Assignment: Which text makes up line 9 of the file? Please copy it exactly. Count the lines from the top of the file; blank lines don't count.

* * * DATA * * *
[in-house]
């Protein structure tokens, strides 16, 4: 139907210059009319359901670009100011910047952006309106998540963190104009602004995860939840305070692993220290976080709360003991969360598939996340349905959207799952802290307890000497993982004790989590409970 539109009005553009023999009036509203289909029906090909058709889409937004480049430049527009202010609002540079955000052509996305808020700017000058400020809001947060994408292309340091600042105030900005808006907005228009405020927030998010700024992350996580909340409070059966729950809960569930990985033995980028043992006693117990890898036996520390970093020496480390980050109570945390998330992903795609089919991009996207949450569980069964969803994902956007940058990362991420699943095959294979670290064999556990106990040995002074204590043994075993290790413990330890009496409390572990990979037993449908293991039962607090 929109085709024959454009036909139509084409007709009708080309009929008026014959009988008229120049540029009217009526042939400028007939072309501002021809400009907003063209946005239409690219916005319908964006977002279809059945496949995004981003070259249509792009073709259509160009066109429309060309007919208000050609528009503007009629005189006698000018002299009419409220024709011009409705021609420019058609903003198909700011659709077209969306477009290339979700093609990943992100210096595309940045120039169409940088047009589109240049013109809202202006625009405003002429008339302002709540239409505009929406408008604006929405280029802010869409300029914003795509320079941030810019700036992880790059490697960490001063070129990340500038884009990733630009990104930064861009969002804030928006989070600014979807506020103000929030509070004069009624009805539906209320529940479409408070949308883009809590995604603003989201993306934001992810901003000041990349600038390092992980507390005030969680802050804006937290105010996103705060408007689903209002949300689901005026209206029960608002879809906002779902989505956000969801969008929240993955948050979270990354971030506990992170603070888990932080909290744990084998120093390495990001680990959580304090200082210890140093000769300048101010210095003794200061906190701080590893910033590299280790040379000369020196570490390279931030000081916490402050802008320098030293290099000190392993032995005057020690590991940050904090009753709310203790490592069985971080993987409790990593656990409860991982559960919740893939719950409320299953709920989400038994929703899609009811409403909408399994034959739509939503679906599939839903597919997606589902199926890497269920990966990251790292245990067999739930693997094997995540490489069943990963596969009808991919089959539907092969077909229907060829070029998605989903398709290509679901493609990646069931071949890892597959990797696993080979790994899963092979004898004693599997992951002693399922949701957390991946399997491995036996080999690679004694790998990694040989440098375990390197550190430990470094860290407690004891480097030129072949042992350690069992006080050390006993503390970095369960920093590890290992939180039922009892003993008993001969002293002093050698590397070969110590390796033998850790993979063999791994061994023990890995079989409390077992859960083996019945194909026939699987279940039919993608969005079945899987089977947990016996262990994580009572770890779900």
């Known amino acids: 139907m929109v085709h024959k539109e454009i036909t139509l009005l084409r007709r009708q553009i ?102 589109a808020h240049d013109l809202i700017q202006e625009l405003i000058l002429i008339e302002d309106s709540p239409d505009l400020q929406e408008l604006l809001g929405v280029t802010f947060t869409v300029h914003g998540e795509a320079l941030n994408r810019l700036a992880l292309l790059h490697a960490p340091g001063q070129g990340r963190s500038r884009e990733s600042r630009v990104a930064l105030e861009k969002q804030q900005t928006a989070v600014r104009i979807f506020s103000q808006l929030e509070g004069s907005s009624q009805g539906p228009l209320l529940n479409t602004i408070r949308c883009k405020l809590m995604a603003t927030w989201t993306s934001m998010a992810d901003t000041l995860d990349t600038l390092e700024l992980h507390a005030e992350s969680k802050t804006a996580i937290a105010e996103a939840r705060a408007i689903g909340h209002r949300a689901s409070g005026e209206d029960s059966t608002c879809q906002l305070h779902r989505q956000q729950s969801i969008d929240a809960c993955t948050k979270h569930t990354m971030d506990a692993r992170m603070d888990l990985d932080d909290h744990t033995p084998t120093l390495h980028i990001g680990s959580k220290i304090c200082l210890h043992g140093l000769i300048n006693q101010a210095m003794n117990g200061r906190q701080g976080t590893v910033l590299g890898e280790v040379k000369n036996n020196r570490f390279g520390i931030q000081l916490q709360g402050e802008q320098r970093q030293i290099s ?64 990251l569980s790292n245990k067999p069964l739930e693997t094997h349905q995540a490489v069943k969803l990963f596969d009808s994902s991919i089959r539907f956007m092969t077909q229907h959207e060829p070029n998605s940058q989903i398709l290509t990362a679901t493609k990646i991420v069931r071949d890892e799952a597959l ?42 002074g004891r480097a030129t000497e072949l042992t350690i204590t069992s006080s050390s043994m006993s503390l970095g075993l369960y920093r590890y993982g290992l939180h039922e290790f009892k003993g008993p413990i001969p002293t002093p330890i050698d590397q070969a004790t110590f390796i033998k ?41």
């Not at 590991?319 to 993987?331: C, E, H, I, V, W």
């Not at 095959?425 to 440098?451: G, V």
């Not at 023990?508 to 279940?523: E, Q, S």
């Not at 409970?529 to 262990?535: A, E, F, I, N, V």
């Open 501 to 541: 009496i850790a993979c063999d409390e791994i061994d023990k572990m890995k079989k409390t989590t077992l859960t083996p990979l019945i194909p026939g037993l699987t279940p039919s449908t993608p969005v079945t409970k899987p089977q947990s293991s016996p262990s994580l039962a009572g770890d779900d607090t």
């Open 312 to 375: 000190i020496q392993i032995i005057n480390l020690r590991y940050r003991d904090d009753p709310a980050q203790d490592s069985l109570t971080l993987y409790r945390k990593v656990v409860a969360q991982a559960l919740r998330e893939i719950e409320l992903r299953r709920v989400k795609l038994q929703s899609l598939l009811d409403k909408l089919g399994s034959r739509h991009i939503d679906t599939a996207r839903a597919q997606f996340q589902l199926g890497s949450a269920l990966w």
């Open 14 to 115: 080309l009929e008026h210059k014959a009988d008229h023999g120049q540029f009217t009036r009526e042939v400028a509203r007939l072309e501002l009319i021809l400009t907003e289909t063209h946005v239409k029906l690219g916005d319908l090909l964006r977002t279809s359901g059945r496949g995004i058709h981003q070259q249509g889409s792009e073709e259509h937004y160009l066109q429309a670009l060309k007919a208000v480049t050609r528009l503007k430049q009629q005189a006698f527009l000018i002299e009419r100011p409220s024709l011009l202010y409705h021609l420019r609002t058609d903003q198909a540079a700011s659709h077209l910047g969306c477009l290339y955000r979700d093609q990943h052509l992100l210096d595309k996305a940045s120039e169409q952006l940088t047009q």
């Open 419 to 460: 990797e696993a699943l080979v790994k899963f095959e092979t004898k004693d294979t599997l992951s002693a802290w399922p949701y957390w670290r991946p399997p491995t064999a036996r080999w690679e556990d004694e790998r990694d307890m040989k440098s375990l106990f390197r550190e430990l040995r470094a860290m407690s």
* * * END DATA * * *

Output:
């Open 312 to 375: 000190i020496q392993i032995i005057n480390l020690r590991y940050r003991d904090d009753p709310a980050q203790d490592s069985l109570t971080l993987y409790r945390k990593v656990v409860a969360q991982a559960l919740r998330e893939i719950e409320l992903r299953r709920v989400k795609l038994q929703s899609l598939l009811d409403k909408l089919g399994s034959r739509h991009i939503d679906t599939a996207r839903a597919q997606f996340q589902l199926g890497s949450a269920l990966w």